2 research outputs found

    Evaluating How Rhetoric Around Real Estate Relates to Urban Schooling

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    The purpose of this qualitative study was to explore people’s language regarding neighborhoods and schools by analyzing comments in the New York Times real estate posting’s comment section. This study used framing theory to understand the close analysis of these comments. The use of close analysis, looking at how the comments were framed based on alignment or non-alignment with urban poverty theory and systemic racism theory, allowed commenters’ underlying ideologies to emerge. As such, this research examined participants’ language to see if it reflects critical awareness (or not) and/or a deeper historical knowledge of residential segregation. Specifically, this study seeks to link the rhetoric around urban areas to the rhetoric around urban schooling through its findings. The current study uncovers the stereotypes that commenters tend to rely on when describing perceived non-affluent areas and connect this finding around real estate to previous studies which have found similar stereotypes used in describing urban schools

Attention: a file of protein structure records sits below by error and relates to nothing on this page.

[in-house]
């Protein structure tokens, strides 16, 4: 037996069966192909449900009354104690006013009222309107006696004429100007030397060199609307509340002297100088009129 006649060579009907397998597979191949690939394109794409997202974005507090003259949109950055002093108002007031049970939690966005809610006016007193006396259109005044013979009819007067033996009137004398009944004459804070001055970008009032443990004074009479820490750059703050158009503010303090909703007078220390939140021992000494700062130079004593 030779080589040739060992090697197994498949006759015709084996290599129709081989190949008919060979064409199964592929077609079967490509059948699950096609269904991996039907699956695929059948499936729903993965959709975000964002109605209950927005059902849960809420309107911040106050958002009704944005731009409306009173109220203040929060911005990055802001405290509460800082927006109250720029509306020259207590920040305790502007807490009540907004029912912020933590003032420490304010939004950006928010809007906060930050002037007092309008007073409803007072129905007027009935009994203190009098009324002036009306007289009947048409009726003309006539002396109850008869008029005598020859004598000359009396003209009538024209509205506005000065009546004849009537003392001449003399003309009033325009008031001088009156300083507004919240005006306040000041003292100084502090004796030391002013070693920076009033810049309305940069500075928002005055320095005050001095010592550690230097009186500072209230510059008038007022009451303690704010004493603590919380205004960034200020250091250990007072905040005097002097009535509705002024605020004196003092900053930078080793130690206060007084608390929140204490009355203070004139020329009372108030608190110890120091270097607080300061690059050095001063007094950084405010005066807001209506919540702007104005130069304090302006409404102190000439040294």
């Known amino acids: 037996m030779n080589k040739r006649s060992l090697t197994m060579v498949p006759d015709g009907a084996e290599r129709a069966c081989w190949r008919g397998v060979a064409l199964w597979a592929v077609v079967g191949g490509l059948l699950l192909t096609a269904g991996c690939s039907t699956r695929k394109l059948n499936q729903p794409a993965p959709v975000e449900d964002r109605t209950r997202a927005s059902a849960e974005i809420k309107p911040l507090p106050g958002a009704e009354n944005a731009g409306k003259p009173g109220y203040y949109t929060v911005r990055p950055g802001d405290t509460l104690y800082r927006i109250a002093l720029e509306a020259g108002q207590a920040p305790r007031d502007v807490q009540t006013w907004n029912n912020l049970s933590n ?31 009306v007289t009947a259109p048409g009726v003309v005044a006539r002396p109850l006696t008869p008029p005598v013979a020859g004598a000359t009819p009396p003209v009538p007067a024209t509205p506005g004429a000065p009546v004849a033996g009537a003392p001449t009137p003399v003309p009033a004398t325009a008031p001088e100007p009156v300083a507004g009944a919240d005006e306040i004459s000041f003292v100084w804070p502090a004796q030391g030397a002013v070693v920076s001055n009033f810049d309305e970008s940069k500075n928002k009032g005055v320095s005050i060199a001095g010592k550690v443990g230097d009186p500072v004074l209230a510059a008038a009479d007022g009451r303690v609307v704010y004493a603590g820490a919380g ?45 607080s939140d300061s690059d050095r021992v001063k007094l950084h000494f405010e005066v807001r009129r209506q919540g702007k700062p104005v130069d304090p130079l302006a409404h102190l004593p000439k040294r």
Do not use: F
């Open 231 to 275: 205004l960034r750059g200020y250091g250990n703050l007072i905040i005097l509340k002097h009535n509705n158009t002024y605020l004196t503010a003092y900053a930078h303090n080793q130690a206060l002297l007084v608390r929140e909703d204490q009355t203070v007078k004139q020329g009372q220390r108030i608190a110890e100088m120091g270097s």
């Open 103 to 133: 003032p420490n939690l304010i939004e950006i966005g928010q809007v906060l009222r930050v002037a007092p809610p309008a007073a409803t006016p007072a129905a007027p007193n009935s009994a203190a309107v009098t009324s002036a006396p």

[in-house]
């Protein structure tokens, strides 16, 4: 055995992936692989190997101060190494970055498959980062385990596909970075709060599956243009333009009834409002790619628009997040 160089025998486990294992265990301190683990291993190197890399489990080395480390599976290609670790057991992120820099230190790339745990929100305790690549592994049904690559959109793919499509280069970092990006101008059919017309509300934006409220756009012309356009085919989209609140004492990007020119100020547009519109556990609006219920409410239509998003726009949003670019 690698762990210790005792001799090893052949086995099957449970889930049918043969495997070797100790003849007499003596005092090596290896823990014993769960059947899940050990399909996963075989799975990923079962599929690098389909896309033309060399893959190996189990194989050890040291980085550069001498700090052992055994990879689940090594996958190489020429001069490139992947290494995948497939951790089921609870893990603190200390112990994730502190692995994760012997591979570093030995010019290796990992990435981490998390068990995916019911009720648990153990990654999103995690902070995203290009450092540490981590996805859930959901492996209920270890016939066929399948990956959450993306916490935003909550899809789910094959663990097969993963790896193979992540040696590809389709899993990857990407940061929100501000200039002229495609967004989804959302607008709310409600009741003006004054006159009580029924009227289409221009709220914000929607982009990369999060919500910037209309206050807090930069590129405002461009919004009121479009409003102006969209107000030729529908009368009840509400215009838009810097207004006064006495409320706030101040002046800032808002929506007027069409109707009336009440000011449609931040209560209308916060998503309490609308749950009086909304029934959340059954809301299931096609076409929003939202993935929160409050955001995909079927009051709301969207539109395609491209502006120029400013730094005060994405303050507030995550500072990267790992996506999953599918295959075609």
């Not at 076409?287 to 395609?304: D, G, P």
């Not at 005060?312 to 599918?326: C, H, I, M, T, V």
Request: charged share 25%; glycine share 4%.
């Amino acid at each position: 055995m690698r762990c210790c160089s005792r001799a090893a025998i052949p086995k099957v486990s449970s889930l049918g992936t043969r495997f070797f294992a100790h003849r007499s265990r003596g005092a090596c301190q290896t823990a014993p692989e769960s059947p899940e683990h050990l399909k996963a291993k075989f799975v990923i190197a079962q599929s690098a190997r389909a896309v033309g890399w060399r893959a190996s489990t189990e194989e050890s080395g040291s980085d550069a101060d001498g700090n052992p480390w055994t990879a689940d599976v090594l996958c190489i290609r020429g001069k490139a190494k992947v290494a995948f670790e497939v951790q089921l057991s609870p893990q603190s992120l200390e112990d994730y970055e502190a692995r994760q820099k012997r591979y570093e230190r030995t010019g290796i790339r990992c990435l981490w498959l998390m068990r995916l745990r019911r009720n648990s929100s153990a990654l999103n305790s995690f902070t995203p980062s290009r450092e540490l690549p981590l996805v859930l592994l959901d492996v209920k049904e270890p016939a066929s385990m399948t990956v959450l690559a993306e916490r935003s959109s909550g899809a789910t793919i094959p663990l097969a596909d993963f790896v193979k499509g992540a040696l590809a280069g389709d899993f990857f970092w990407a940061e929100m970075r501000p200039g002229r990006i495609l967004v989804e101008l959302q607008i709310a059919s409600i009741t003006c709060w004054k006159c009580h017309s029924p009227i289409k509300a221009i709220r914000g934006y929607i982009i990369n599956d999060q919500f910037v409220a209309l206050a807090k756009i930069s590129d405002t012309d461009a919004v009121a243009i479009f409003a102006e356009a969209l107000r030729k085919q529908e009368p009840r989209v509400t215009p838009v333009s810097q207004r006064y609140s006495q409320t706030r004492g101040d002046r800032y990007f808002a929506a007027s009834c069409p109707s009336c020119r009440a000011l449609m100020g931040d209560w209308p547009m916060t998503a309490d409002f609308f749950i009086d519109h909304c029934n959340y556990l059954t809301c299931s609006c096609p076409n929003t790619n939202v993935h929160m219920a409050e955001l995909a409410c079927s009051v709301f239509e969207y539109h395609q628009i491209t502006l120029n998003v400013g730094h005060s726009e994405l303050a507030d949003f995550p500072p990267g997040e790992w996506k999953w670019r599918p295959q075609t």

Energy Burden

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    This team worked with the Sierra Club of Connecticut to investigate energy burden in the North End of Hartford. The team conducted background research on energy burden, compiled data on energy burden in the North End of Hartford, interviewed Hartford area experts, and recruited community members for a PhotoVoice project - a participatory research method where community members respond to a research question with photos they take themselves